Death of England: Delroy

Clint Dyer and Roy Williams
National Theatre
Olivier Theatre / NT Theatre at Home

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Michael Balogun Credit: Normski
Michael Balogun Credit: Normski
Michael Balogun Credit: Normski

At a time that seems like a lifetime ago but was actually the beginning of this year, National Theatre audiences were wowed by an unforgettable performance from Rafe Spall as Michael Fletcher, an archetypal East London bigot with hidden depths.

When Rufus Norris was trying to find a play to relaunch the theatre after a long, enforced period of closure, a projected companion piece must have been an obvious choice. Given all of the logistical problems in playing to a reconfigured Olivier space with a much-reduced audience, an 85-minute-long solo performance had much to commend it. The original run was cut short immediately after opening night, but fortuitously it has been recorded to facilitate this 24-hour free release.

Death of England: Delroy is not so much a sequel as a more radical, alternative view from a man who is almost equally bigoted but takes a very different perspective. Michael Balogun is Delroy, Michael’s best friend from childhood to the present day—well, almost. Not only that, but his partner Carly is Michael’s sister, cementing the very close relationship.

When the pandemic strikes, Delroy has a good solid job as a bailiff and is happily awaiting the birth of what turns out to be a lovable daughter. However, true to his calling, rather than his growing family, our outspoken memoirist believes in keeping his phone off during working hours, meaning that he misses the vital messages encouraging a rush to hospital for a very premature birth.

When the putative father finally realises the urgency, all sense very reasonably disappears as he finds himself doing a suspicious U-turn at the wrong station and attracting the attention of some gratuitously racist police officers.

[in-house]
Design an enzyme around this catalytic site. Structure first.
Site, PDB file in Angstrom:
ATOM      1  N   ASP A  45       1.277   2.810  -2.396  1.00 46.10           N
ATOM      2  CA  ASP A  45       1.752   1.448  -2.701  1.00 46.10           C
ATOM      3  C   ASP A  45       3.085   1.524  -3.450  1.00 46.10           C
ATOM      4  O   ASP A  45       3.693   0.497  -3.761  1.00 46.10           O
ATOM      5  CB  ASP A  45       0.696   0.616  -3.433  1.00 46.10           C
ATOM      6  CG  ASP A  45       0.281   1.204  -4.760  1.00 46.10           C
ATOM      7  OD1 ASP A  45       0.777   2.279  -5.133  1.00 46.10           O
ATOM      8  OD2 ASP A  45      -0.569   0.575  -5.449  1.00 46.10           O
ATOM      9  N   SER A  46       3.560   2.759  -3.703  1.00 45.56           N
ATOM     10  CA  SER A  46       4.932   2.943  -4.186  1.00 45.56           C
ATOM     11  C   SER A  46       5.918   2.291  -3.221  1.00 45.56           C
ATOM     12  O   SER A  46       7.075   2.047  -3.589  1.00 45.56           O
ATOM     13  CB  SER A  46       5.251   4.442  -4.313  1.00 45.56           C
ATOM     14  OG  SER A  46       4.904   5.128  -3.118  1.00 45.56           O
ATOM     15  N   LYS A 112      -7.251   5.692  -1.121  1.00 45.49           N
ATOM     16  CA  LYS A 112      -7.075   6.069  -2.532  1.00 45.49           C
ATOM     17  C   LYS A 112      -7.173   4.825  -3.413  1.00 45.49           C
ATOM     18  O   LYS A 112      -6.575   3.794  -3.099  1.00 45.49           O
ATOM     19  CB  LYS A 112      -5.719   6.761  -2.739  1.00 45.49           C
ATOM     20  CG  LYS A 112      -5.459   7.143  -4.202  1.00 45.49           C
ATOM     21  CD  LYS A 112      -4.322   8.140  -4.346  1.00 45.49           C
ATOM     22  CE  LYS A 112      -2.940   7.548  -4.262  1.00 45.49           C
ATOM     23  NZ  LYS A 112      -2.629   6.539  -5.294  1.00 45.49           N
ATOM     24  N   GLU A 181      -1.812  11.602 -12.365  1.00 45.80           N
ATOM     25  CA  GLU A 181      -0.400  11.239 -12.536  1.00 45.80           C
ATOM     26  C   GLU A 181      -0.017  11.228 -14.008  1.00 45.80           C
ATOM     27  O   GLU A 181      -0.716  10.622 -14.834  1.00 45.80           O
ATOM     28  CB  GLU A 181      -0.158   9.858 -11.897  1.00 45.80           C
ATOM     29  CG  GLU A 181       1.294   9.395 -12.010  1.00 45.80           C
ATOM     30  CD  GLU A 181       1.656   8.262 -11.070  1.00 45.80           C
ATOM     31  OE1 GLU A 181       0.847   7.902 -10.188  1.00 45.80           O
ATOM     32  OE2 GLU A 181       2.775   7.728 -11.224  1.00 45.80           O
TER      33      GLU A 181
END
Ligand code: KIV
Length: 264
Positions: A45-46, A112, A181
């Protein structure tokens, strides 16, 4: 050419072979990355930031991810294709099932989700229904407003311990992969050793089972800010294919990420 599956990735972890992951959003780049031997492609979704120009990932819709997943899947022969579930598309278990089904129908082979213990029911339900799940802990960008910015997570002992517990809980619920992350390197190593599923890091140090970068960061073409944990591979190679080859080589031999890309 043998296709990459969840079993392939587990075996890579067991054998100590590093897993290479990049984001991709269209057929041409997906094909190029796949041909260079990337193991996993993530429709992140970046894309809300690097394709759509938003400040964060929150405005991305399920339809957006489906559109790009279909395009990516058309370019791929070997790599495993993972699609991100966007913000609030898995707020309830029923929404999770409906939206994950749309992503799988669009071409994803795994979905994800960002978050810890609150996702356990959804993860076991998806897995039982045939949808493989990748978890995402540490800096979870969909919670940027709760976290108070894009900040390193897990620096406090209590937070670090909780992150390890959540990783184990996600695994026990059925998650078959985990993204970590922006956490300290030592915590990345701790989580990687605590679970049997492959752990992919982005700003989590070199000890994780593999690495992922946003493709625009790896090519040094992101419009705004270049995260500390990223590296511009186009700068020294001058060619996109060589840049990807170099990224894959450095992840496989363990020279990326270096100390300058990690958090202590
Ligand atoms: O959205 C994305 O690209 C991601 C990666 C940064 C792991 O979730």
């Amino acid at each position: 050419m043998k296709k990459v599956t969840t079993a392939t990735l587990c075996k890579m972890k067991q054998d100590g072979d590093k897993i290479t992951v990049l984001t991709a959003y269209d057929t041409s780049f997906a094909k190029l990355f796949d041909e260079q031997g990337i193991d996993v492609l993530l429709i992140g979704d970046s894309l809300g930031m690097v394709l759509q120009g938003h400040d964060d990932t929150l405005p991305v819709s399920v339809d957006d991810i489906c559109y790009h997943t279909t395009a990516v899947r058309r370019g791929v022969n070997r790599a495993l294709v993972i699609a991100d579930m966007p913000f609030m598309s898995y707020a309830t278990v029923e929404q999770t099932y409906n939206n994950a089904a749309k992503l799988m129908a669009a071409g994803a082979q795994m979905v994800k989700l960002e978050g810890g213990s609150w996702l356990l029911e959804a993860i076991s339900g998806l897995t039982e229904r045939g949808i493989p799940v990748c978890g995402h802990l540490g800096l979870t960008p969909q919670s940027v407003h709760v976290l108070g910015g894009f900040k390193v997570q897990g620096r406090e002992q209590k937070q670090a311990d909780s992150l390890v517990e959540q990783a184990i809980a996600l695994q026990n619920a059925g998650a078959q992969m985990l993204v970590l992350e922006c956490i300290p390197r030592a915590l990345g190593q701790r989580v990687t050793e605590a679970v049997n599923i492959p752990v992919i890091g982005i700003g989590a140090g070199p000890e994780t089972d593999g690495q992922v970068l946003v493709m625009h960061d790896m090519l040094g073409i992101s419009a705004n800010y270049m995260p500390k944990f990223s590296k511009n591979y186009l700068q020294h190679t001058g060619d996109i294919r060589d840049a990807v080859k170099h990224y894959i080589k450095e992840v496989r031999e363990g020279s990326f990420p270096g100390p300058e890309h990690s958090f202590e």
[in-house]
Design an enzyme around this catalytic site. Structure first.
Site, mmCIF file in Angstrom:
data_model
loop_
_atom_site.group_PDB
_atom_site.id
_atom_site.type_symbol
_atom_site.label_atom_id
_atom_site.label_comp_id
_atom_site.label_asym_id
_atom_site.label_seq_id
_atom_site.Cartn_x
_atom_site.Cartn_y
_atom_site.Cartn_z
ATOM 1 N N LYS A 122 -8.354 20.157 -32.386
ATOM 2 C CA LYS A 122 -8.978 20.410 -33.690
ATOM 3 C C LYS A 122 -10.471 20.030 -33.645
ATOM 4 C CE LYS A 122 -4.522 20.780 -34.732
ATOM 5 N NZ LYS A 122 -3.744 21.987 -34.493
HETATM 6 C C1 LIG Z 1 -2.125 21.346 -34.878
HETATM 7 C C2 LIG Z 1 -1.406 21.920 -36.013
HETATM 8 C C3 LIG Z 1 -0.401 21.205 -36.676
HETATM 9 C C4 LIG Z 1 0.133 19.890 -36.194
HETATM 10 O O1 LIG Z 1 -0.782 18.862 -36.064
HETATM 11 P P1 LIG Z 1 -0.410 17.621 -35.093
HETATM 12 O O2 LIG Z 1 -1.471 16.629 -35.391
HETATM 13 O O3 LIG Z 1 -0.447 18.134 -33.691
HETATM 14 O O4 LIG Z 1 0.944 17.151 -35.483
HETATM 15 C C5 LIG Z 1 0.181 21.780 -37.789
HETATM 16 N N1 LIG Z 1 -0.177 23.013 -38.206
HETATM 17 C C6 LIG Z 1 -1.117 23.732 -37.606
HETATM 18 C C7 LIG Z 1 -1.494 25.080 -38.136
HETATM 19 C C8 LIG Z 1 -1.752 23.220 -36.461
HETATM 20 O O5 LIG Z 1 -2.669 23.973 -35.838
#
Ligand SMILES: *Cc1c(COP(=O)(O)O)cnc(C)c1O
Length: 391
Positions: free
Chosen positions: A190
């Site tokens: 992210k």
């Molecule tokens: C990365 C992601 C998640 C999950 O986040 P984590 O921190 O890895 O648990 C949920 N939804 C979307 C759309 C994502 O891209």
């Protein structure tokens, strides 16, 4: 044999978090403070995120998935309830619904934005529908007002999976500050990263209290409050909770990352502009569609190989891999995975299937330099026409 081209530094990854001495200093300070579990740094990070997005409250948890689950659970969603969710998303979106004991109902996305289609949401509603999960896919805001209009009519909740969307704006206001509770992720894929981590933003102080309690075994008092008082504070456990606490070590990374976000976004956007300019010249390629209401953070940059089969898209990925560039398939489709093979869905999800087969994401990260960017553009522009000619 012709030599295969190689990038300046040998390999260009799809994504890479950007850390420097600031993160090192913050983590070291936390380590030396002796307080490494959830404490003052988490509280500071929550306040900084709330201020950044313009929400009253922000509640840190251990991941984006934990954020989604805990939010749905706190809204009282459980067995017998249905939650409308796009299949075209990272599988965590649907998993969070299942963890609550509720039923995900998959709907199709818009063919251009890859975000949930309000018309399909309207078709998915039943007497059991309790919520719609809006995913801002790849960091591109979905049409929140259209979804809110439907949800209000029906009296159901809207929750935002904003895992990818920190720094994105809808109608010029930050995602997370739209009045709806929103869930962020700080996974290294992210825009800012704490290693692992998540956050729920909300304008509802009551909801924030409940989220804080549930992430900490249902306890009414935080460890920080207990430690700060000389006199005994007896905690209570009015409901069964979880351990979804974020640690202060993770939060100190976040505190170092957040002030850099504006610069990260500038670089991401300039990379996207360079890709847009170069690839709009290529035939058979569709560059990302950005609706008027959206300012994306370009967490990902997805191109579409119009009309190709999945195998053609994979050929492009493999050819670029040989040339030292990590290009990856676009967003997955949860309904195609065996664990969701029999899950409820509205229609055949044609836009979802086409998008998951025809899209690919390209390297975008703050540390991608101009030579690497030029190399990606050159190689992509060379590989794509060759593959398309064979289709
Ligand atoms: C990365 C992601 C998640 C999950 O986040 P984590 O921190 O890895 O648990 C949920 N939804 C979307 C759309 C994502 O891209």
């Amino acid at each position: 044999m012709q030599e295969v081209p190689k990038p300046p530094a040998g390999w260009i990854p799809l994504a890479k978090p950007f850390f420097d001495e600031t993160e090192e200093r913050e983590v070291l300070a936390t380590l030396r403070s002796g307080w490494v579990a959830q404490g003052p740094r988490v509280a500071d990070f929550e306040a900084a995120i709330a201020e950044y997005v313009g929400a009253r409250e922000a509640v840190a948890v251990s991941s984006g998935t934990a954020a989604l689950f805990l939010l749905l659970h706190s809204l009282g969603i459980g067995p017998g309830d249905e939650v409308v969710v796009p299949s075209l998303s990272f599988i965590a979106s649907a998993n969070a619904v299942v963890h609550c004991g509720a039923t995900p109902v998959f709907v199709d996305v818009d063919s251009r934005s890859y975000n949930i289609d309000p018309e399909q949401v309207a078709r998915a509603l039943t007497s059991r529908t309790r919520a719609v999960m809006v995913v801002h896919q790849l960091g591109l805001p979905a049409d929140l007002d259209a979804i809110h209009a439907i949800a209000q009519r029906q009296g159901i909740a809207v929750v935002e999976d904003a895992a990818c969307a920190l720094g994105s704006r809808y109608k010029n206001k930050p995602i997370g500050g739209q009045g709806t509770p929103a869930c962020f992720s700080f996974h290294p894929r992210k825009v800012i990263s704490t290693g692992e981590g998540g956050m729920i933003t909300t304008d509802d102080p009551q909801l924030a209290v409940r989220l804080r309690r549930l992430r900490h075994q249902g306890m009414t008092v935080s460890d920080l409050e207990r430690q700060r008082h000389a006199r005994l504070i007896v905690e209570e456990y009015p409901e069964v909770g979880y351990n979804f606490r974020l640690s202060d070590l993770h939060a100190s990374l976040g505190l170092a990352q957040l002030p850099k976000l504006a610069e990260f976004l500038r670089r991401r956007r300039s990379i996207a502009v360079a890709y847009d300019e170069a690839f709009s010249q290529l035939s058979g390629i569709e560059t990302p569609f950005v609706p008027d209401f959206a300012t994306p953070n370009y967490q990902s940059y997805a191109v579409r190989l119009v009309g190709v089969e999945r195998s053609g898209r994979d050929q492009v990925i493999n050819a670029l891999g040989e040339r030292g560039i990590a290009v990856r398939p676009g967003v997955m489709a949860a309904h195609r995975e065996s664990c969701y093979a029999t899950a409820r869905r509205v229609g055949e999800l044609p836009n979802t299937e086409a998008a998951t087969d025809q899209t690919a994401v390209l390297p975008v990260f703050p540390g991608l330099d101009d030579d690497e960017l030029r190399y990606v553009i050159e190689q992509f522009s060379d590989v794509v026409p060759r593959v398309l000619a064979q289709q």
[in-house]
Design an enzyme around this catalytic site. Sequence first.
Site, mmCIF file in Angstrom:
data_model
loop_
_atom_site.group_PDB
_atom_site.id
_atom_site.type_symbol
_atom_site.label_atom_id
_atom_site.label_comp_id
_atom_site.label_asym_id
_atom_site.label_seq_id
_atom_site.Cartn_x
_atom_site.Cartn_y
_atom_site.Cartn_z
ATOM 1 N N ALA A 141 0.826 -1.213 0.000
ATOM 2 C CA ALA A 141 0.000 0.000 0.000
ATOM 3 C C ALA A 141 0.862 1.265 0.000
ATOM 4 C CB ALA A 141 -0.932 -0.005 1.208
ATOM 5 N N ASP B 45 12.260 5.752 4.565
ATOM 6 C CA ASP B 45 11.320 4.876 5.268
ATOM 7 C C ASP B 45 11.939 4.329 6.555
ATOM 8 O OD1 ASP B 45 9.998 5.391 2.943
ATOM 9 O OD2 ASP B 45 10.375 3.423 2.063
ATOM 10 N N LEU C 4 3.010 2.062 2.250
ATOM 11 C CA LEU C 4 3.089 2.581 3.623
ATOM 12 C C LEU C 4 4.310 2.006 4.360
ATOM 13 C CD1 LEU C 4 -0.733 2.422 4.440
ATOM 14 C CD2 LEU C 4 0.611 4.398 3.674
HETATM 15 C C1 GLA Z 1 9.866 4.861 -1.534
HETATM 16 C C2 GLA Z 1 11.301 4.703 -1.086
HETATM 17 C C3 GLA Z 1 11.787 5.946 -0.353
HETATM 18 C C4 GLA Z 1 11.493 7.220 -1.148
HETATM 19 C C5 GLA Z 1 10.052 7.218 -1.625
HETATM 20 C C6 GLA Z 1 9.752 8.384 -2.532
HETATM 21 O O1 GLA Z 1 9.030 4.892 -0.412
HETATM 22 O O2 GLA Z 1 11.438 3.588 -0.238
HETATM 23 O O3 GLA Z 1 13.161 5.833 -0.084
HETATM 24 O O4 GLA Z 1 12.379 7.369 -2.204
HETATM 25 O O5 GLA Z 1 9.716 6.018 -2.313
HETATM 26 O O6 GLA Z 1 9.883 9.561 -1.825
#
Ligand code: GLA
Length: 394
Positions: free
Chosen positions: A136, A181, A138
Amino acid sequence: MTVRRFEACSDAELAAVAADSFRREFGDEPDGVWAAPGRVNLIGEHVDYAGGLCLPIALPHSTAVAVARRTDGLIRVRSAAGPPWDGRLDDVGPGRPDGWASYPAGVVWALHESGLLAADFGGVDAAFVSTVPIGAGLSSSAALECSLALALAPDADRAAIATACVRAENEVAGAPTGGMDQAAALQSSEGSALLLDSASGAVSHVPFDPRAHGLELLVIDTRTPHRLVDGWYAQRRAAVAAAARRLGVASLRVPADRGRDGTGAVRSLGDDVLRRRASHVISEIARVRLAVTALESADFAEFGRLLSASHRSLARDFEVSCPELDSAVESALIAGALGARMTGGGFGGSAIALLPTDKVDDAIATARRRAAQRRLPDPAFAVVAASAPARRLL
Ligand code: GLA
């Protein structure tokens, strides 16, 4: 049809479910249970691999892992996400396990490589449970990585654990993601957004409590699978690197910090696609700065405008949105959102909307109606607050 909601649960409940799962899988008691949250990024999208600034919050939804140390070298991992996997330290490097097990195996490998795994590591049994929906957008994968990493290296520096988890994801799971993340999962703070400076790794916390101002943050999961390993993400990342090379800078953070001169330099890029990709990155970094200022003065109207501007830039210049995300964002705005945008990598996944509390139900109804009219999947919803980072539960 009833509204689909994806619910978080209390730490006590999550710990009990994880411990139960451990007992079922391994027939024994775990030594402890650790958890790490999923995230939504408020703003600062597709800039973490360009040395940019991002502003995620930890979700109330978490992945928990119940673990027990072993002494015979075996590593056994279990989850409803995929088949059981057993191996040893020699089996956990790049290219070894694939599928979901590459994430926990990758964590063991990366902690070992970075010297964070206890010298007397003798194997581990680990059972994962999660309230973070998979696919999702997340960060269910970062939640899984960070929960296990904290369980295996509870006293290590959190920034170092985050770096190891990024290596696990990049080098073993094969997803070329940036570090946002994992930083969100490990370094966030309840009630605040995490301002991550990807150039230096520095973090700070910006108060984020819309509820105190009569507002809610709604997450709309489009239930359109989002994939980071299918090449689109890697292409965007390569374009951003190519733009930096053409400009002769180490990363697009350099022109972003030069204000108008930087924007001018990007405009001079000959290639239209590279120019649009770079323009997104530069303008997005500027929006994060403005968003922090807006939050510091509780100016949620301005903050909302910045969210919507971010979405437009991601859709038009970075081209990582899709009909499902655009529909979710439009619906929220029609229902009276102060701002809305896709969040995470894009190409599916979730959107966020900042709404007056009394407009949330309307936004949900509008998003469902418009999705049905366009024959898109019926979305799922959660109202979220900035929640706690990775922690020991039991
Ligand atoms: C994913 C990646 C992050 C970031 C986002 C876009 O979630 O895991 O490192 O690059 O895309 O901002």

This is where the play becomes a little more contrived than is ideal since, rather than pleading his case reasonably but desperately, Delroy becomes implausibly angry, swearing and showing undue aggression. Hence, rather than overcoming any racial prejudice that might have been harboured by police in the era of Black Lives Matter, he manages to entrench such views and ends up in a police cell rather than at his girlfriend’s bedside. When he eventually reaches the hospital, the anger spills over causing deep offence to everybody that he loves.

The Guinness-fuelled self-justifications that follow are tempered by the knowledge that our anti-hero is wearing a police tag and is thus doubly locked down. Trapped at home, as well as wallowing in his own misery, Delroy somewhat incongruously manages to embrace a host of zeitgeists that are troubling so many today regarding racism, Britain’s relationship with Europe and the inability to commune with our loved ones at will.

A powerful performance under the direction of co-writer Clint Dyer is played out on a stage space shaped like a St George’s Cross, supplemented by a red carpet. As with the first play, the story benefits significantly from a set of meaningful iconography, courtesy of co-designers Sadeysa Greenaway-Bailey and Ultz.

One cannot help but be impressed by a full-on performance from Michael Balogun, who stepped into the role late but embraces it to terrifying perfection. What might have been little more than a violent rant is redeemed in the later stages as Delroy finally stops blaming the world and takes some good advice meted out by his strict but loving Jamaican mother.

Yet again, we should all be grateful to the National Theatre for sharing one of its crown jewels at no cost but in the hope that delighted viewers might be willing to make meaningful donations to help keep theatre alive generally and this particular one afloat until it can open its doors to full houses once again. Roll on the great day.

Reviewer: Philip Fisher

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